The true nature of liberty entails the inalienable right to make, sell, buy, own, and use property in a way that does not harm or endanger other people or their property without good cause. Good cause would be the defense of self, loved ones, innocent others, or property.

The most basic property is one's own body and mind, to which no one else, including the government, has a claim except by one's knowing and willing word or contract with another party for the use of one's body or mind. This assumes, of course, consenting adults only.

Further, inalienable rights, by their very nature, cannot be voted out of existence, otherwise they are not inalienable. No majority decision of the citizenry and especially no majority vote of any legislative body has the legitimate power to nullify, that is, violate a person's inalienable rights.

To put it another way, if an adult's behavior is done alone or with other, consenting, adults; if said behavior is non-violent, non-coercive, and non-larcenous; if said behavior does not disturb the peace or create a public nuisance, then that behavior is the inalienable right of that person. This is even more true is said behavior is done privately, so as not to be viewed by the public, and done on private property. The essence of an inalienable right is behavior that does not violate the rights of others.

It matters not if others believe that the behavior is immoral or harmful to the person who is doing it. Immorality is a religious concept and we do not have a religious government. And, in the United States, we are supposed to have both religious freedom and freedom from religion. Harm is subjective. There are many behaviors that can cause harm, even death, to the participants such as suba-diving, mountain climbing, smoking tobacco, and drinking alcoholic beverages, among others. Society accepts the fact that adults who participate in those types of behavior can and may be harmed or even die from their actions. We do not allow the government to arrest, and punish those people behaving in those ways, unless their actions harm or directly threaten to harm others or the property of others.

The alternative to the above is that we do not have the right to own property or, at the very least, we do not fully own ourselves; that we merely get privileges granted to us. That would make us slaves. If we don't have inalienable rights--the right to participate in any behavior whether potentially harmful, or whether others find it to be immoral--then who is the privilege master, the slavemaster, the one authority that will dictate what we, as adults, can and cannot do even if our actions do not violate the rights of others?

In a society that values individual liberty and styles itself as the land of the free, the government can have no more power than an individual has. The government gets its legitimate power from the people. (See the Declaration of Independence and the 10th Amendment to the U.S. constitution.)

If a citizen cannot legitimately force his or her personal moral or religious beliefs upon any other person, then the government also lacks the legitimate power to do so, even if all the legislators vote for it. If it is wrong for an individual citizen to resort to force in an attempt to make another person moral, where the person being so force has not violated the rights of others, then it is wrong for the government to do so, whether by itself or in the name of a majority of the citizens. Actually, it is more than wrong. It is criminal, in that it would be violating the rights of the person being forced to adhere to other people's personal or religious moral code.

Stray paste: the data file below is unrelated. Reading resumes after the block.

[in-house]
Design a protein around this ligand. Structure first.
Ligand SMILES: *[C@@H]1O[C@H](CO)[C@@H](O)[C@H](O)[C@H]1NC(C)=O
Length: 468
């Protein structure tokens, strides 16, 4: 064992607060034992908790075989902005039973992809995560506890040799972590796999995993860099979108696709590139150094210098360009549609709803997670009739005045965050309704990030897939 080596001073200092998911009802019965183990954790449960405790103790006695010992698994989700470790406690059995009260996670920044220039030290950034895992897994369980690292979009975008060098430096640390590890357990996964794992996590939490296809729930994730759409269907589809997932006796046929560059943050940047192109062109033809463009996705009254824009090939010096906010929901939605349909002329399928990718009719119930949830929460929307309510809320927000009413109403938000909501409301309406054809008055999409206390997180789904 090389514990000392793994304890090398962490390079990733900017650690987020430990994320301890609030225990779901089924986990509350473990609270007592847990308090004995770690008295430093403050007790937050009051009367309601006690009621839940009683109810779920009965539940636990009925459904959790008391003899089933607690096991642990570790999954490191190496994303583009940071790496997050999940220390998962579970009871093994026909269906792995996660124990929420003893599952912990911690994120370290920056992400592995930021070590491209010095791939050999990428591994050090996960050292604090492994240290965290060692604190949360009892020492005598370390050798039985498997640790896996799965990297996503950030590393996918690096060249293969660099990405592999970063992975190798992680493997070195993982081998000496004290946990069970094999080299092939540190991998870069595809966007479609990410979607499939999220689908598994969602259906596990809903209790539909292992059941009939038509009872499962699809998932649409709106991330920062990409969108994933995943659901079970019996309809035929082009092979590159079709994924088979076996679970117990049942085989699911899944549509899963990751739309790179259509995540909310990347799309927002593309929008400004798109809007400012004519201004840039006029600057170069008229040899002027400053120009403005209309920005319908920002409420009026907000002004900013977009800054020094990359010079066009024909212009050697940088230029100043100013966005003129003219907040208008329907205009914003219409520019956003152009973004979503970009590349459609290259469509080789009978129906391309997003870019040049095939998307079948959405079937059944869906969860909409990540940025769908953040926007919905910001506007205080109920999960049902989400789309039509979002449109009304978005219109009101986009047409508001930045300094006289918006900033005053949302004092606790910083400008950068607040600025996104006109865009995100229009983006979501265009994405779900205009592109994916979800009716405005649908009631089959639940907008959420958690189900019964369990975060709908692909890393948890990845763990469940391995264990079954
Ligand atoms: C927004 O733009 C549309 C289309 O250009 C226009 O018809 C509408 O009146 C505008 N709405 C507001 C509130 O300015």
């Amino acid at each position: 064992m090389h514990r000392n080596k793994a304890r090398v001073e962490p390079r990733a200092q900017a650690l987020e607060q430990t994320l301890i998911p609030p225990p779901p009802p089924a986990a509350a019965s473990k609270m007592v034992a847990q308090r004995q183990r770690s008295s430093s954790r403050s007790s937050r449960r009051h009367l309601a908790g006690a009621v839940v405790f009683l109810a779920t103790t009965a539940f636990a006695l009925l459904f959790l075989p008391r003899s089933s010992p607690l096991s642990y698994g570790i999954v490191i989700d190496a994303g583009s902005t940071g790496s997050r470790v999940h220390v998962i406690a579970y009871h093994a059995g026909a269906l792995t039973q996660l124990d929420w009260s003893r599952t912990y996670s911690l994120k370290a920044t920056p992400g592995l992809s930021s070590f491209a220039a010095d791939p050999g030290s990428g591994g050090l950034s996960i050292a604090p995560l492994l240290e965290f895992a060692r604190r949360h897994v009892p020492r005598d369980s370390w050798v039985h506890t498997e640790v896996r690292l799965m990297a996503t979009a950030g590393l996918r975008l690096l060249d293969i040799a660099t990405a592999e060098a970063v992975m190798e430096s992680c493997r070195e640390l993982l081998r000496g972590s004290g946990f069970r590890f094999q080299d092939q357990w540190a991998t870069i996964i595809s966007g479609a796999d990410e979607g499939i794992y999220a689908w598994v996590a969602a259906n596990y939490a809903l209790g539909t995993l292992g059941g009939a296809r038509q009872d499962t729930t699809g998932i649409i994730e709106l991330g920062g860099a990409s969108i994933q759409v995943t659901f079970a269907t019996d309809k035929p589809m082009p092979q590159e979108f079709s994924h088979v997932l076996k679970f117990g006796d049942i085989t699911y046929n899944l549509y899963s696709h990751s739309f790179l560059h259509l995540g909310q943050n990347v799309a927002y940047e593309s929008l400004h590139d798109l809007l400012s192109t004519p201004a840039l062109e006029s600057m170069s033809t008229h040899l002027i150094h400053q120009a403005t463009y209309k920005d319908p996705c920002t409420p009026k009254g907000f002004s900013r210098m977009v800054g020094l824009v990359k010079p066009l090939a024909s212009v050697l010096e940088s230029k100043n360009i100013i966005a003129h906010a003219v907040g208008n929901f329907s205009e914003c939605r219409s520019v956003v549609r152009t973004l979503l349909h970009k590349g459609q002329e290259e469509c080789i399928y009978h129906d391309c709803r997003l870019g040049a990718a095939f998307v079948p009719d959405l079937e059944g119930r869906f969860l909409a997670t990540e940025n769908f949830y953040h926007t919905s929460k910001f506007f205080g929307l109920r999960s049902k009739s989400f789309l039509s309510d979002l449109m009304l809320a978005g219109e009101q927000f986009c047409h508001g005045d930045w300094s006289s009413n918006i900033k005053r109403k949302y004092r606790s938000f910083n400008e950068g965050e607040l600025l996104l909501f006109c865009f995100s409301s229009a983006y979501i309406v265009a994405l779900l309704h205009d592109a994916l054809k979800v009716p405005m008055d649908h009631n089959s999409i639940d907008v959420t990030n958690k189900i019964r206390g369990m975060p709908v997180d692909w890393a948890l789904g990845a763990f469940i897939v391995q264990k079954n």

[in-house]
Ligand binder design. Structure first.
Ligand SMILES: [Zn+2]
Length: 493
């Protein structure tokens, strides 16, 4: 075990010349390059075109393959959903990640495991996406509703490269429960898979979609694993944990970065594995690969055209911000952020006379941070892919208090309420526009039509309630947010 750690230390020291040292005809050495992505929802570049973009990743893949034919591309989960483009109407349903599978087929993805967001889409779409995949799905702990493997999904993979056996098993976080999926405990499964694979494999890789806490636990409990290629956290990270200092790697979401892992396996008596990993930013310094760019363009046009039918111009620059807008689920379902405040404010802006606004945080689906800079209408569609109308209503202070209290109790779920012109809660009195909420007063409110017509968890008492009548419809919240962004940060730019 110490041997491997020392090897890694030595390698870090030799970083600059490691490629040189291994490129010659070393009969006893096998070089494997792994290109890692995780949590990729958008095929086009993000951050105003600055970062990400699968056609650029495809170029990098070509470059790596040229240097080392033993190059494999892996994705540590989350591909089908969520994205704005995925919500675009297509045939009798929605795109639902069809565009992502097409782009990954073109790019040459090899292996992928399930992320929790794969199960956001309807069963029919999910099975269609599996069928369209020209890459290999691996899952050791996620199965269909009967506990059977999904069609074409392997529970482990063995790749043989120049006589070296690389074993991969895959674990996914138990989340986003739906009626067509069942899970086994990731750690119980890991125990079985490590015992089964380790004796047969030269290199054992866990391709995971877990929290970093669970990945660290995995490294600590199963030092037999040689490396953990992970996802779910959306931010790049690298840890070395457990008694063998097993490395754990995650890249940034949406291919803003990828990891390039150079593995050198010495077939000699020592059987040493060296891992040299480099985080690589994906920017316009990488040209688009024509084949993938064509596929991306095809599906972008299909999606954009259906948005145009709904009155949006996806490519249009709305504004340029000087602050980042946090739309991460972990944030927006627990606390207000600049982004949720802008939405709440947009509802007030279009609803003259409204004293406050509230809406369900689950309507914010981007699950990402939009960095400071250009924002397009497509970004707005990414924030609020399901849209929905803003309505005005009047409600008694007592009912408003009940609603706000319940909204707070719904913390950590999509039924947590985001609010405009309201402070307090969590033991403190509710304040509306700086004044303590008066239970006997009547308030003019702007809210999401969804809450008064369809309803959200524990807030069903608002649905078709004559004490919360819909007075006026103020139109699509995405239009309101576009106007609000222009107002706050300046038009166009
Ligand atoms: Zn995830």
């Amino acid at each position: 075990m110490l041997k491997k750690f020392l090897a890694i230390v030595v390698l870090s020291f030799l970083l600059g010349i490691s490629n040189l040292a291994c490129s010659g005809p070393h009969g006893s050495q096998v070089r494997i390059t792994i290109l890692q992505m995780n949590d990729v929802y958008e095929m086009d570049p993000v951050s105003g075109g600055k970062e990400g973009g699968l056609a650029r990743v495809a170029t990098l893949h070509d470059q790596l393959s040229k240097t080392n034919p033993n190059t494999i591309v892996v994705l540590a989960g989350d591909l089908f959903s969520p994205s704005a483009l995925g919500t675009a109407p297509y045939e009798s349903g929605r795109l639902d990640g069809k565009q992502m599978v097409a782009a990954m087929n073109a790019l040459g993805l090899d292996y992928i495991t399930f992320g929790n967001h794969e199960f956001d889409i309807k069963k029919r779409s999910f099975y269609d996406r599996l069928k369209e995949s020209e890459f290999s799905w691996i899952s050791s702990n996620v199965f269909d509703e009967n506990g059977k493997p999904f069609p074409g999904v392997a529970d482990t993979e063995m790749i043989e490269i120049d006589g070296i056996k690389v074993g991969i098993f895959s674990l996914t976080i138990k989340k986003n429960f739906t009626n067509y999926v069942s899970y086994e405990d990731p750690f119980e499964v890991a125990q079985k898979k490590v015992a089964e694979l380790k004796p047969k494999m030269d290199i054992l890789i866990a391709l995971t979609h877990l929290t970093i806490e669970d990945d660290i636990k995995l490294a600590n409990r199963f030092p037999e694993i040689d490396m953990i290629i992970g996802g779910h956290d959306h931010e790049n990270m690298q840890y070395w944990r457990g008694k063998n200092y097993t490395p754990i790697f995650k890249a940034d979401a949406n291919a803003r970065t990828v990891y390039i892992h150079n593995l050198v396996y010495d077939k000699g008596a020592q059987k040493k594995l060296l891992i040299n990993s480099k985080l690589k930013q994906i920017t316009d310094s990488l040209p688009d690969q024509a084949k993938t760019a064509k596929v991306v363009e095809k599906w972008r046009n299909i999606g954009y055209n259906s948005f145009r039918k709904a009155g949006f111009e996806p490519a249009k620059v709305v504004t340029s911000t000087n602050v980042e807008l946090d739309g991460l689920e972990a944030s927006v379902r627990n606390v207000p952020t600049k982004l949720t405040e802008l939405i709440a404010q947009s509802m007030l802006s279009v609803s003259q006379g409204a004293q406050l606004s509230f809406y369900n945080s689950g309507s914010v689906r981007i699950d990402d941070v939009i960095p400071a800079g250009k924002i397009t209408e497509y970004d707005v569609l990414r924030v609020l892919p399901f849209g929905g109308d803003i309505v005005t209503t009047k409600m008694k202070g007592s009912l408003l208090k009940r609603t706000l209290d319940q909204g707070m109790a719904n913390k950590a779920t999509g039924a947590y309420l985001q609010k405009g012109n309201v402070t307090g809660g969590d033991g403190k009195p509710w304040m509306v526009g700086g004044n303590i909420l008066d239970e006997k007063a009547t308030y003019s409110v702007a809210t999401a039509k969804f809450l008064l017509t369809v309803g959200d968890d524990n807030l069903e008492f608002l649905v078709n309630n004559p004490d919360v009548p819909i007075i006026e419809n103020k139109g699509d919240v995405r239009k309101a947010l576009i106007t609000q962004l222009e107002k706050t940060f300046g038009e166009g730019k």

The government of the United States (all three branches) in the attempt to impose a specific moral code upon all adult citizens regarding behavior considered by many to be immoral and wrong, but which, in and of itself, does not violate the rights of others, may and, quite often, does resort to the use of force to impress its will upon the people. I am specificially talking about consensual adult drug behavior, although other types of consensual adult behavior also apply.

All tyrannies have behaved in this manner. And a democratic government that violates the inalienable rights of some citizens by a majority vote is no less a tyranny. This nation was not set up as a pure democracy. (For example, think of two wolves and one sheep voting on what to have for dinner.) The Founding Fathers believe strongly in the principle of inalienable rights. They also knew that some people would destroy themselves if left to their own devices. Sad, certainly. Tragic, maybe. But as long as those people did not violate the rights of others, then they had an inalienable right to do what they wanted with themselves.

So, who will put a stop to the present tyranny in the United States? Who will punish the government for overreaching its legitimate constitutional powers? There are literally millions of honest, peaceful adult citizens who do not believe in nor adhere to the specific moral code that the government is trying to force upon them when it comes to what we, as adults, can do with our most personal property, our bodies and our minds.

How has it come about that once strong and independant United States citizens now depend upon the government to tell them what to do and to allow their civil servants to become their civil masters? If a person's behavior does not violate the rights of others, or if that behavior is not a direct and immediate threat to the rights of others, then that person's fellow citizens have no legitimate power or right to interfere with that person's life. More importantly, neither does the government. We must re-establish this principle of inalienable rights if we, as a nation, truly want personal liberty and a strong, free society.